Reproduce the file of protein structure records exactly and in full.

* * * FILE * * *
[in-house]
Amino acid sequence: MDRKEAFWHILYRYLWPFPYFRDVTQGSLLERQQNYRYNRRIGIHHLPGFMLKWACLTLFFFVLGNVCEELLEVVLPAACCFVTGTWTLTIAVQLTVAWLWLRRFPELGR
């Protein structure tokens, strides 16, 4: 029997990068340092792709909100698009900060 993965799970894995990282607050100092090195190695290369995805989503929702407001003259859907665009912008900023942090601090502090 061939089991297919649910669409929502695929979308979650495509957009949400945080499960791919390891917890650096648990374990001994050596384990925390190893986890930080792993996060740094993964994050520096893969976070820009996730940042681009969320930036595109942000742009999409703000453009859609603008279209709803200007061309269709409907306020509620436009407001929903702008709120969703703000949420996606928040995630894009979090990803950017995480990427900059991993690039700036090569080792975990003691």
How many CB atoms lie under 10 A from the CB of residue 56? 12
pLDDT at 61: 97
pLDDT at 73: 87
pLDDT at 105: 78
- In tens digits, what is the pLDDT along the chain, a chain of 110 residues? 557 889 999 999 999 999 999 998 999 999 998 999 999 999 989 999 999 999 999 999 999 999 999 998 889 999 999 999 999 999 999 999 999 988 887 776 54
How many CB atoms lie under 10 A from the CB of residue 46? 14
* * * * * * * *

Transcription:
[in-house]
Amino acid sequence: MDRKEAFWHILYRYLWPFPYFRDVTQGSLLERQQNYRYNRRIGIHHLPGFMLKWACLTLFFFVLGNVCEELLEVVLPAACCFVTGTWTLTIAVQLTVAWLWLRRFPELGR
């Protein structure tokens, strides 16, 4: 029997990068340092792709909100698009900060 993965799970894995990282607050100092090195190695290369995805989503929702407001003259859907665009912008900023942090601090502090 061939089991297919649910669409929502695929979308979650495509957009949400945080499960791919390891917890650096648990374990001994050596384990925390190893986890930080792993996060740094993964994050520096893969976070820009996730940042681009969320930036595109942000742009999409703000453009859609603008279209709803200007061309269709409907306020509620436009407001929903702008709120969703703000949420996606928040995630894009979090990803950017995480990427900059991993690039700036090569080792975990003691």
How many CB atoms lie under 10 A from the CB of residue 56? 12
pLDDT at 61: 97
pLDDT at 73: 87
pLDDT at 105: 78
- In tens digits, what is the pLDDT along the chain, a chain of 110 residues? 557 889 999 999 999 999 999 998 999 999 998 999 999 999 989 999 999 999 999 999 999 999 999 998 889 999 999 999 999 999 999 999 999 988 887 776 54
How many CB atoms lie under 10 A from the CB of residue 46? 14